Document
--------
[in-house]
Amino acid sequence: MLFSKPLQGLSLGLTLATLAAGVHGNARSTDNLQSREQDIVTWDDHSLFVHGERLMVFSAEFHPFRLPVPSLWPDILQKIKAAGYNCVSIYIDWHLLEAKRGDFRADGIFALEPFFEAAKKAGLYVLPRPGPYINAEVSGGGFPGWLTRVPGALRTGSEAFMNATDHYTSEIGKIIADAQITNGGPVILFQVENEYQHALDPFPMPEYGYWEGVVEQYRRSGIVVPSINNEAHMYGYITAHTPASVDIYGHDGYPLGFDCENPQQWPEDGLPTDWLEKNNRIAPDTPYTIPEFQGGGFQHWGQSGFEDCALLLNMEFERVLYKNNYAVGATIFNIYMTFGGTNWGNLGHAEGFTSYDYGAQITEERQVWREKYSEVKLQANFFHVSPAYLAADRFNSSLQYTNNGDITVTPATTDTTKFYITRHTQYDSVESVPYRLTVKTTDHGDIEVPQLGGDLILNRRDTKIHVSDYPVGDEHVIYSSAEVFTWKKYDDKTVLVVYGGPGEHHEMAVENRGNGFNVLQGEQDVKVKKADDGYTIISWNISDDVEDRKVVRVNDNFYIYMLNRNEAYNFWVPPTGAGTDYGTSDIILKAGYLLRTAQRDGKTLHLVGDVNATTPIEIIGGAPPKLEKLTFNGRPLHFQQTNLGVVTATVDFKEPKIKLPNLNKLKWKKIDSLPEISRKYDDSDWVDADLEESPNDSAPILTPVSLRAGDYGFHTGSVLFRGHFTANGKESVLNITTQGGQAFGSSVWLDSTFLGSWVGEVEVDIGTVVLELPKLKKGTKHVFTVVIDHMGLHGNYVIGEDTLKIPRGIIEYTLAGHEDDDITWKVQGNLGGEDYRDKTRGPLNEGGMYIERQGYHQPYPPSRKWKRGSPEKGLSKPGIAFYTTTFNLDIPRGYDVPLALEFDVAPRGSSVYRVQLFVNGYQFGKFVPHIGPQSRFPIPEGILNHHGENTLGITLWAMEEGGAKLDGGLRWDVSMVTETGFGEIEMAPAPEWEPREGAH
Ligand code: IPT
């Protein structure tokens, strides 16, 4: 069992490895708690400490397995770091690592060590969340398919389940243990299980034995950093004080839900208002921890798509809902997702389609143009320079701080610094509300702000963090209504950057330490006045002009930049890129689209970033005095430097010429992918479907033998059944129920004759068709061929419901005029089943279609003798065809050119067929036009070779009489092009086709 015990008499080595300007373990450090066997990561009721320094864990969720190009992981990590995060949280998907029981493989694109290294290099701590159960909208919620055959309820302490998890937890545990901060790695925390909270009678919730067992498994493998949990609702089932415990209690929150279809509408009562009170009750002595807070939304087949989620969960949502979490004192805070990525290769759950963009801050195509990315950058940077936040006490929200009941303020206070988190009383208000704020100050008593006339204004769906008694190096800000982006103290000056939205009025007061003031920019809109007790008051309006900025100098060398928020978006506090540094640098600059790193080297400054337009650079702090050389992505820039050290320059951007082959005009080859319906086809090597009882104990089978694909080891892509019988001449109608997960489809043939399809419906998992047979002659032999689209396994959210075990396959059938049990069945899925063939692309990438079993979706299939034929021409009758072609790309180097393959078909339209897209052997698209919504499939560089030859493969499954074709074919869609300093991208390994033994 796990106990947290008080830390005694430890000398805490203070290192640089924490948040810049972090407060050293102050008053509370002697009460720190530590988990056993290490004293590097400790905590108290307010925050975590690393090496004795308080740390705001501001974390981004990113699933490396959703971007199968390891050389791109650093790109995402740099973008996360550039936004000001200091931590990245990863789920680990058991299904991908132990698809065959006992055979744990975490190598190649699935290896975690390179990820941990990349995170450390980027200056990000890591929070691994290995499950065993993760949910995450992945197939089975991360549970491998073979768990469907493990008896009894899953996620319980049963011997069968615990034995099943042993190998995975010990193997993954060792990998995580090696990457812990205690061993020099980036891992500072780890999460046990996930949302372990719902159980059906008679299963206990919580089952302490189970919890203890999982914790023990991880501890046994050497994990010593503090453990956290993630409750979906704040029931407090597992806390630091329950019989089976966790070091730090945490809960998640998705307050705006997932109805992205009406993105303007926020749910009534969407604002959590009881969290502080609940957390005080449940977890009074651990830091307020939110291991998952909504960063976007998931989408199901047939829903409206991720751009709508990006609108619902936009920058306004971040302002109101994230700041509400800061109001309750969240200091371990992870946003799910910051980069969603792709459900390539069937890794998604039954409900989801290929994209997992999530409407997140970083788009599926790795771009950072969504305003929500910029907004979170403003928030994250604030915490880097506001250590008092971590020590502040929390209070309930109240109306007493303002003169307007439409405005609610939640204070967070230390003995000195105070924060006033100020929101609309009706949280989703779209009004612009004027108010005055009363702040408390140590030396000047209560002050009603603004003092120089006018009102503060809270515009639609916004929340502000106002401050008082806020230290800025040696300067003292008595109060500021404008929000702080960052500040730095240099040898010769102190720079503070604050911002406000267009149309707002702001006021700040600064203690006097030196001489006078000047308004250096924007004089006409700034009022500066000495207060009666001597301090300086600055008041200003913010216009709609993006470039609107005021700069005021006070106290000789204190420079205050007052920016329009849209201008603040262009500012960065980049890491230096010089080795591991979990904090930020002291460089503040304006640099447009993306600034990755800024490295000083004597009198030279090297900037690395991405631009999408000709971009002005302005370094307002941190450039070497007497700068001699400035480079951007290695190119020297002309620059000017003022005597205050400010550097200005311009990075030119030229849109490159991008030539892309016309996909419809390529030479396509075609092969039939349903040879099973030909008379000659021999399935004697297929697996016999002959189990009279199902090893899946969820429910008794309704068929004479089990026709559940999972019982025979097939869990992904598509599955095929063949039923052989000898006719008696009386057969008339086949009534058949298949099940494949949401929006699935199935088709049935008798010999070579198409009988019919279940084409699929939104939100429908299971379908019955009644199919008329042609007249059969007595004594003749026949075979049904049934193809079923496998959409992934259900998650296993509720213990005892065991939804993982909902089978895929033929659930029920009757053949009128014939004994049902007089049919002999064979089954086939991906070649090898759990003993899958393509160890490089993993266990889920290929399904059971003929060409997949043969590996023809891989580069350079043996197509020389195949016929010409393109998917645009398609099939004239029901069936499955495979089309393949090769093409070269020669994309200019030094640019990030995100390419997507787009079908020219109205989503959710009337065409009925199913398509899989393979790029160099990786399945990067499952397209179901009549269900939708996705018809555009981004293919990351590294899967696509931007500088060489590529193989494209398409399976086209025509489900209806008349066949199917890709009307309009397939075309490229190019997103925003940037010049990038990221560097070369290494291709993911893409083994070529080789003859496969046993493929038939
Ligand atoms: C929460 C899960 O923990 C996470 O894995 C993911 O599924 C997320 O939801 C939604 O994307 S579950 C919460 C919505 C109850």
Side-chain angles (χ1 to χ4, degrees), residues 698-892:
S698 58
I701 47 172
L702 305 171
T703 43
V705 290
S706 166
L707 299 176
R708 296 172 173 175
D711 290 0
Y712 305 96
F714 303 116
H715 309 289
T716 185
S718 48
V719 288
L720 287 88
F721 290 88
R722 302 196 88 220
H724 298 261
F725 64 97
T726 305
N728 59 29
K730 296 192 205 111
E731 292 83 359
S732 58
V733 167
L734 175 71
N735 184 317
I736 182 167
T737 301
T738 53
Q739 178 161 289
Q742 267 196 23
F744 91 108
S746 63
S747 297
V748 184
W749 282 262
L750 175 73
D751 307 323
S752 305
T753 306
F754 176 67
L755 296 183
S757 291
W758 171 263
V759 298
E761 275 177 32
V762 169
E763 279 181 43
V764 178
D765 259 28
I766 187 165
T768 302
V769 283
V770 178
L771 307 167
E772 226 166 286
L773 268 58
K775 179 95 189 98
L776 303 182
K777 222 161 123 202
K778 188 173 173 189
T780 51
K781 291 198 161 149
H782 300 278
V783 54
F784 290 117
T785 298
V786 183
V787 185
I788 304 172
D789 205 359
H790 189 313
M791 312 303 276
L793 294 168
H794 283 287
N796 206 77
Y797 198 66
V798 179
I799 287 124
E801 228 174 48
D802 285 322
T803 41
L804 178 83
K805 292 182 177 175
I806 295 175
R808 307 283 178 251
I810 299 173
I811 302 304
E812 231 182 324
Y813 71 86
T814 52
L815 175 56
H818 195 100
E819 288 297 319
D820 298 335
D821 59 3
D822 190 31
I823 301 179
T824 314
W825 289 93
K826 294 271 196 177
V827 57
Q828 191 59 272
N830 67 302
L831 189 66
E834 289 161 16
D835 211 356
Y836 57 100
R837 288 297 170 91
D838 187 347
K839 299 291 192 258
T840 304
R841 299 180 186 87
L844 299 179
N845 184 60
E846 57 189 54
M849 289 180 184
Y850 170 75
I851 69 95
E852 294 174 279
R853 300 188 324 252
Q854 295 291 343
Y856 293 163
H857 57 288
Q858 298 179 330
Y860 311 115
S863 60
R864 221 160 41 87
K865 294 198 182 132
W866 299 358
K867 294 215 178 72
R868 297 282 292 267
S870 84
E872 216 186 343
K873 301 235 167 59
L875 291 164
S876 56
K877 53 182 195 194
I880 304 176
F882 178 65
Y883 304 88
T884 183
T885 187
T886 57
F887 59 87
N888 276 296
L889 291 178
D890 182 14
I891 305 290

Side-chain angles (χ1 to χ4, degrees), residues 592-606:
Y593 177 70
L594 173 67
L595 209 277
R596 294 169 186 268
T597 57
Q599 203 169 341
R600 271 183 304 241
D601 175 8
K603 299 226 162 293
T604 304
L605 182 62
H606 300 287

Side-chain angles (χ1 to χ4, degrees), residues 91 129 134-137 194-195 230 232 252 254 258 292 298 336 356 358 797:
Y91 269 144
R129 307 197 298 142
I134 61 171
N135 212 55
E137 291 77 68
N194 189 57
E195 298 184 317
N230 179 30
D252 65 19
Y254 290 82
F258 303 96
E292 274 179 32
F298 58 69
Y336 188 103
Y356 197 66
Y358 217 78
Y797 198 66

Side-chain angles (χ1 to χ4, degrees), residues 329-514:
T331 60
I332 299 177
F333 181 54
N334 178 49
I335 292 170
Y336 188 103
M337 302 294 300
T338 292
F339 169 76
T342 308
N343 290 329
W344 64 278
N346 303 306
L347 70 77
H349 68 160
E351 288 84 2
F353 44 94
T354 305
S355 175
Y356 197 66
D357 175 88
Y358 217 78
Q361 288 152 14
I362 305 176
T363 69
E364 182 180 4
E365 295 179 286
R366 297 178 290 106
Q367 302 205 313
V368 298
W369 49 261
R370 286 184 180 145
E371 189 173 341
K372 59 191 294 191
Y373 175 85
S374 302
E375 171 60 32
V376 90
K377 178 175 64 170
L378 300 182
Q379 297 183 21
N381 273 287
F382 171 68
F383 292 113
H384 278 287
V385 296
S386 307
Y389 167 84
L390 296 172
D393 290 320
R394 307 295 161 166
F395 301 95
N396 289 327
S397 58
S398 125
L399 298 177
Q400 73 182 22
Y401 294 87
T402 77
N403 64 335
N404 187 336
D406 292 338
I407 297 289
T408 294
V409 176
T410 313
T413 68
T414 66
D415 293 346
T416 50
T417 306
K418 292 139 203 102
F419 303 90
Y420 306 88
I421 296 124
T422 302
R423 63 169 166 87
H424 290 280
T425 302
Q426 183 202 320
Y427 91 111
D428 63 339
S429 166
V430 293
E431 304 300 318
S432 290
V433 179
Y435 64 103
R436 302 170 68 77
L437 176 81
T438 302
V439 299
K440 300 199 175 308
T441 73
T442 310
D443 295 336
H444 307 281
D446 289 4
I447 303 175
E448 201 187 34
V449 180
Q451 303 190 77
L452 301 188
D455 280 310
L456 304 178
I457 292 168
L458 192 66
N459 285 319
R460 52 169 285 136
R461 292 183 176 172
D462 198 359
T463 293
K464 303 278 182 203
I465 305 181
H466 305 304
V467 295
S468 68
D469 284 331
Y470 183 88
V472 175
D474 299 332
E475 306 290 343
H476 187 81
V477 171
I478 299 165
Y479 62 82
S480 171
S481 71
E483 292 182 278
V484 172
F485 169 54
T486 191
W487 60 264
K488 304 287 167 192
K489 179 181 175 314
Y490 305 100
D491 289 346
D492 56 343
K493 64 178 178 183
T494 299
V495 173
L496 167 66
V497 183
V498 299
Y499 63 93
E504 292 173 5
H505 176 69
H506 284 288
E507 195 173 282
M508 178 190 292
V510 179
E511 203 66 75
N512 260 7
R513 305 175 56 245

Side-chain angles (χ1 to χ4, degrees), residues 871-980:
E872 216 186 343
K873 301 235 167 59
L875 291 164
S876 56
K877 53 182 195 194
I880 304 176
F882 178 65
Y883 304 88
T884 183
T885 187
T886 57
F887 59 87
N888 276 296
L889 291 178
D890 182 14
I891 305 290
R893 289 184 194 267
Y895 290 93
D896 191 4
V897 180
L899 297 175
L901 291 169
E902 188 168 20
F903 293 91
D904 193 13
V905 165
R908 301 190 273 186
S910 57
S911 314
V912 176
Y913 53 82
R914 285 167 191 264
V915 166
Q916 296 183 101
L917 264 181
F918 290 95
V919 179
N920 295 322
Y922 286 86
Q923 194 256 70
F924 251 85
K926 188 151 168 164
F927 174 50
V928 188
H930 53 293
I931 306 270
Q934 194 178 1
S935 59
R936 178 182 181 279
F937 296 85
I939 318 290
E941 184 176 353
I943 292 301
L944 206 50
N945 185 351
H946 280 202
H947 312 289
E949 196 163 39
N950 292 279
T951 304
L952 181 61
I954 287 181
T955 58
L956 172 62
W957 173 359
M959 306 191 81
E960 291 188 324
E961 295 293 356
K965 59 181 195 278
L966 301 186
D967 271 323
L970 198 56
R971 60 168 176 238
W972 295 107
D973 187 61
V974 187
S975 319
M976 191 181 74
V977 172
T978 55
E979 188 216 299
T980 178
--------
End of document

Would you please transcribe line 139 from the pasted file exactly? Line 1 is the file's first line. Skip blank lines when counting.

K867 294 215 178 72